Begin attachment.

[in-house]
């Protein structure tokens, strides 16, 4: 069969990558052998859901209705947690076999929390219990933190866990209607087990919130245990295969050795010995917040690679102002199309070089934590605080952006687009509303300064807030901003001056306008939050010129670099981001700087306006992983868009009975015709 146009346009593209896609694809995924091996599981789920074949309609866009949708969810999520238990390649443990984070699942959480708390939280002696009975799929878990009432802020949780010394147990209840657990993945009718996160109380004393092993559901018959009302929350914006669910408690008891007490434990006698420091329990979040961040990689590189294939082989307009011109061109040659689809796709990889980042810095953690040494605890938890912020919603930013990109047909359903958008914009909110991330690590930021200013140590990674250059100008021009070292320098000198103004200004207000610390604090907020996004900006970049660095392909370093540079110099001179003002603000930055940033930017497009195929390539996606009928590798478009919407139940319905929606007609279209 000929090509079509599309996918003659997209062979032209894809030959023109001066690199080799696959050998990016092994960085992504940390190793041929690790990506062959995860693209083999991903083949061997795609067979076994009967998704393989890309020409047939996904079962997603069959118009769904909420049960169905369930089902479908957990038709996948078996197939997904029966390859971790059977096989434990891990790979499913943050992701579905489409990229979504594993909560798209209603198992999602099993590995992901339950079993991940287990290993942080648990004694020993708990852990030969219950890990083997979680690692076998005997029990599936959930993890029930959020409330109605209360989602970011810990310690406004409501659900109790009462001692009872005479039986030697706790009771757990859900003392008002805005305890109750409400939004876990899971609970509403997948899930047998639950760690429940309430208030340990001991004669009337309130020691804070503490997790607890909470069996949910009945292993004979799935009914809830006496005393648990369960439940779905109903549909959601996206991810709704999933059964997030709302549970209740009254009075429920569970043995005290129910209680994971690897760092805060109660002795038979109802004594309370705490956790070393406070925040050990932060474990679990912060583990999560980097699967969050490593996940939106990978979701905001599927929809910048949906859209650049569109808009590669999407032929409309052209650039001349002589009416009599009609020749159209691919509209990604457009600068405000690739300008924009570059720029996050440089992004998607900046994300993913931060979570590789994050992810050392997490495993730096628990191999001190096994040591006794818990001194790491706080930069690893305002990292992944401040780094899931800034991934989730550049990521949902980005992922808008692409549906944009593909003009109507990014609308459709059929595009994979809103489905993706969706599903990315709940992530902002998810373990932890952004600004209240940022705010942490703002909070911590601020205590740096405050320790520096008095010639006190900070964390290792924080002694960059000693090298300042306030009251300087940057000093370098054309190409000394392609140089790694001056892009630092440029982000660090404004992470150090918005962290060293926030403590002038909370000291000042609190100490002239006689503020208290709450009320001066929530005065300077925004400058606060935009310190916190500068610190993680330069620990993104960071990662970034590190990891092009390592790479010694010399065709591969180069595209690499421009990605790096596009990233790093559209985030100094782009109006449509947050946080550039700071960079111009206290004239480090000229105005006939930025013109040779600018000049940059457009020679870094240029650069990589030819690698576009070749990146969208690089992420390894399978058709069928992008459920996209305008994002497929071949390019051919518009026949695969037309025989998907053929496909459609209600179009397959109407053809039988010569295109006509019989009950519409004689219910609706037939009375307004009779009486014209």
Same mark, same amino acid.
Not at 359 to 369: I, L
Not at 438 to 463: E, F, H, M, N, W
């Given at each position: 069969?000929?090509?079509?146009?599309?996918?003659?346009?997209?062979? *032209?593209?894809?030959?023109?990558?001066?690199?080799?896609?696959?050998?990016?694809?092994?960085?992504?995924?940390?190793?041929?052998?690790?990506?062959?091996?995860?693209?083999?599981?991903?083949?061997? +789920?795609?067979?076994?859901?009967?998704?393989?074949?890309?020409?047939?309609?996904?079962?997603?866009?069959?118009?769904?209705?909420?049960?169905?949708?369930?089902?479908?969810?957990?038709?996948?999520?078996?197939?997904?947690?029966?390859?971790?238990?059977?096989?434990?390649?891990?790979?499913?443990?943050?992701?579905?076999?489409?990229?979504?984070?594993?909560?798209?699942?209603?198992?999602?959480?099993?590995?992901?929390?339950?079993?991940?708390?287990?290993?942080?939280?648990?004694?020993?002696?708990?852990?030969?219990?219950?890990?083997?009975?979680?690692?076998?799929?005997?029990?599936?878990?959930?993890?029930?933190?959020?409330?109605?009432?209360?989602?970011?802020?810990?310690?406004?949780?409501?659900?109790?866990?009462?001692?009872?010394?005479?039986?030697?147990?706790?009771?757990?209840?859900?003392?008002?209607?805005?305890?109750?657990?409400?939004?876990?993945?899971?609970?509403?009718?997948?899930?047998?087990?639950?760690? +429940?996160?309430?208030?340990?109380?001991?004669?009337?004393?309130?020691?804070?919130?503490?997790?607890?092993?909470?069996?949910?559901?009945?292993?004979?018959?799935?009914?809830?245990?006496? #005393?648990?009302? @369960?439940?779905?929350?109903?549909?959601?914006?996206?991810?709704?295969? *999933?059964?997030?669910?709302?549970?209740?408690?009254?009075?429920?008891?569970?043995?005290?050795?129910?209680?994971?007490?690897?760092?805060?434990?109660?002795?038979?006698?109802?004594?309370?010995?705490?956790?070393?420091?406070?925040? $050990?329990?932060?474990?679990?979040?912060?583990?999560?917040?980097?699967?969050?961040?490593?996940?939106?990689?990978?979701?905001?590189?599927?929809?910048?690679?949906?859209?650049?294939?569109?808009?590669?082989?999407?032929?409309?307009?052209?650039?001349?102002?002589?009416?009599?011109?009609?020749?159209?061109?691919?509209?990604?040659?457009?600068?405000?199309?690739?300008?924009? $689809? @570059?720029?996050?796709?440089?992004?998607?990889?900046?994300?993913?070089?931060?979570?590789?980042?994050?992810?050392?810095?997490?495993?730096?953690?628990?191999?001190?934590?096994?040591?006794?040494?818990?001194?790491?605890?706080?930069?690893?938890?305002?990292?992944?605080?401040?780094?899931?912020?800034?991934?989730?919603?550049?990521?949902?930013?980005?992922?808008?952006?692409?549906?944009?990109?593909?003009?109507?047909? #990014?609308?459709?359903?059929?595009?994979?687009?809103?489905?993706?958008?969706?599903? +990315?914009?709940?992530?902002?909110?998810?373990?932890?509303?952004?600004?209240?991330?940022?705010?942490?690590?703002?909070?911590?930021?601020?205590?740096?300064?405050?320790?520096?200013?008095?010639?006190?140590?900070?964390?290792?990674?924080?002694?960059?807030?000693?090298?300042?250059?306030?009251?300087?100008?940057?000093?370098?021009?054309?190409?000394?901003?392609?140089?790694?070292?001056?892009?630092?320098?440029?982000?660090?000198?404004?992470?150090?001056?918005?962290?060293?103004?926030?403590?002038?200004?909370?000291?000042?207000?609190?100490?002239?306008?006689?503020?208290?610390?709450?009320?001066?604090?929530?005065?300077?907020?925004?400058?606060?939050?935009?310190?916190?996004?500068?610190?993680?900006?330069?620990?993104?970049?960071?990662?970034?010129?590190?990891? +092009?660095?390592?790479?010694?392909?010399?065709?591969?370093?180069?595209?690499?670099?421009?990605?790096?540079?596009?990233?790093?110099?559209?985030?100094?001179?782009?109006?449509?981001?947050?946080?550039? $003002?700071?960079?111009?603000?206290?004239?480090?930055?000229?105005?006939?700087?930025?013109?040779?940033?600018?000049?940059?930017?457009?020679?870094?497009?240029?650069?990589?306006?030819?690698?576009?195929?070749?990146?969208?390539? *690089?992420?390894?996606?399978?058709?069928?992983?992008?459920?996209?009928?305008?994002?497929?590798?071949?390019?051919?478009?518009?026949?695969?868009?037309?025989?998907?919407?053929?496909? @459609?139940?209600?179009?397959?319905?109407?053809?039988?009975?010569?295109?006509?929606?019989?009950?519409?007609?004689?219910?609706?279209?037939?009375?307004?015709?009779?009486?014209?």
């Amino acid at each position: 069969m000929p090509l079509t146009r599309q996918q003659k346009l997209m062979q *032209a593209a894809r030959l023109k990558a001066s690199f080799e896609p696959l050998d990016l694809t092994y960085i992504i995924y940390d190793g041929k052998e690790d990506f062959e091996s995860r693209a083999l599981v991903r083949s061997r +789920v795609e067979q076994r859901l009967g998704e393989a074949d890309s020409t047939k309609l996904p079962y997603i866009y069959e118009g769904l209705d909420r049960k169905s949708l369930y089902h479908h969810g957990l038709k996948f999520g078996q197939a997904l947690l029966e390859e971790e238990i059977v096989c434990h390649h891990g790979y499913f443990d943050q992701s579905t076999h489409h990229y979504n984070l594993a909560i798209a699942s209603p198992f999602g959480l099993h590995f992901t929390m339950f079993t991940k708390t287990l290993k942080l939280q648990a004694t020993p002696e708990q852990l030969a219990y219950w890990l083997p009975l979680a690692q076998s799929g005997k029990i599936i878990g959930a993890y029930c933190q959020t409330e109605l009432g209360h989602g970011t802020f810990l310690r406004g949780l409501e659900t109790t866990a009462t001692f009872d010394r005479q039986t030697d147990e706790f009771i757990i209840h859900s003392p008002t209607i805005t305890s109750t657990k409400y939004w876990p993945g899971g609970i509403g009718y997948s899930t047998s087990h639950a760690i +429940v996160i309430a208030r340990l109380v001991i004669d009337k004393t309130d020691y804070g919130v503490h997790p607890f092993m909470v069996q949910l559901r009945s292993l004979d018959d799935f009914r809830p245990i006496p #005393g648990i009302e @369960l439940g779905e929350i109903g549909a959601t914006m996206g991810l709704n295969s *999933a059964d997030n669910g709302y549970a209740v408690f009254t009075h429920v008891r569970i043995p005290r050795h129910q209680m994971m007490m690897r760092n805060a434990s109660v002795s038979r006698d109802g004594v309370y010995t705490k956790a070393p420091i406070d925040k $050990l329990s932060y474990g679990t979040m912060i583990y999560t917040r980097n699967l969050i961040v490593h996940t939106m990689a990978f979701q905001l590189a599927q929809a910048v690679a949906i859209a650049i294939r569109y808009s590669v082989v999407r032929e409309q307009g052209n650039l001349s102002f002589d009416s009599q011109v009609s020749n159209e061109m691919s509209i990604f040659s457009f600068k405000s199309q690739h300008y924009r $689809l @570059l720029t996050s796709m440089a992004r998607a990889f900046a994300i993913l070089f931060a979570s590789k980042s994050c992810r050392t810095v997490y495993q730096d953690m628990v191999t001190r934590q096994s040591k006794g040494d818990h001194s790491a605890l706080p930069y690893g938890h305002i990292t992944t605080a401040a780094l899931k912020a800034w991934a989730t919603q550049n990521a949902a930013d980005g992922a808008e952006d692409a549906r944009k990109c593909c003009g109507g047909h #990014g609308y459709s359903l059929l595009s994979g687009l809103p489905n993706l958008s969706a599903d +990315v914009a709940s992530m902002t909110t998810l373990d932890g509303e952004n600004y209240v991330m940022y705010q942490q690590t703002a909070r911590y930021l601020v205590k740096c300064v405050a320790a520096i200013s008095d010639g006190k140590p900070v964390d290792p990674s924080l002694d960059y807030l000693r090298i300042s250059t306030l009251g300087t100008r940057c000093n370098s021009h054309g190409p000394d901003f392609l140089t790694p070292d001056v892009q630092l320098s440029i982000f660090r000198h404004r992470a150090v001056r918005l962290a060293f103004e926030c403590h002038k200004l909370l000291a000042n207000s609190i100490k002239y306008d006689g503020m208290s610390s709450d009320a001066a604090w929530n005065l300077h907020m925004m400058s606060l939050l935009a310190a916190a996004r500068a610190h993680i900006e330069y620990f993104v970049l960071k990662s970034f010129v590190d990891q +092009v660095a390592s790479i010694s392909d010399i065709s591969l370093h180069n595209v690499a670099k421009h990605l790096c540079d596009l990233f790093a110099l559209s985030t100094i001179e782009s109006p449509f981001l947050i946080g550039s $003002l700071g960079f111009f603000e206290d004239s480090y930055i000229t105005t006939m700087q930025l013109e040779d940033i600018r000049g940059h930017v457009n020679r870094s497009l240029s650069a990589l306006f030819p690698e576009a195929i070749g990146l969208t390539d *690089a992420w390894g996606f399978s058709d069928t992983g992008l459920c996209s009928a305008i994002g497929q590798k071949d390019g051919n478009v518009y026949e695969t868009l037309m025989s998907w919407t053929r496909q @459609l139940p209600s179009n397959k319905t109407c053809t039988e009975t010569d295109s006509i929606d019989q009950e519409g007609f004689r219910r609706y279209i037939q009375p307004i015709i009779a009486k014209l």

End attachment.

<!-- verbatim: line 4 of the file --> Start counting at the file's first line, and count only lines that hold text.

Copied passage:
Not at 359 to 369: I, L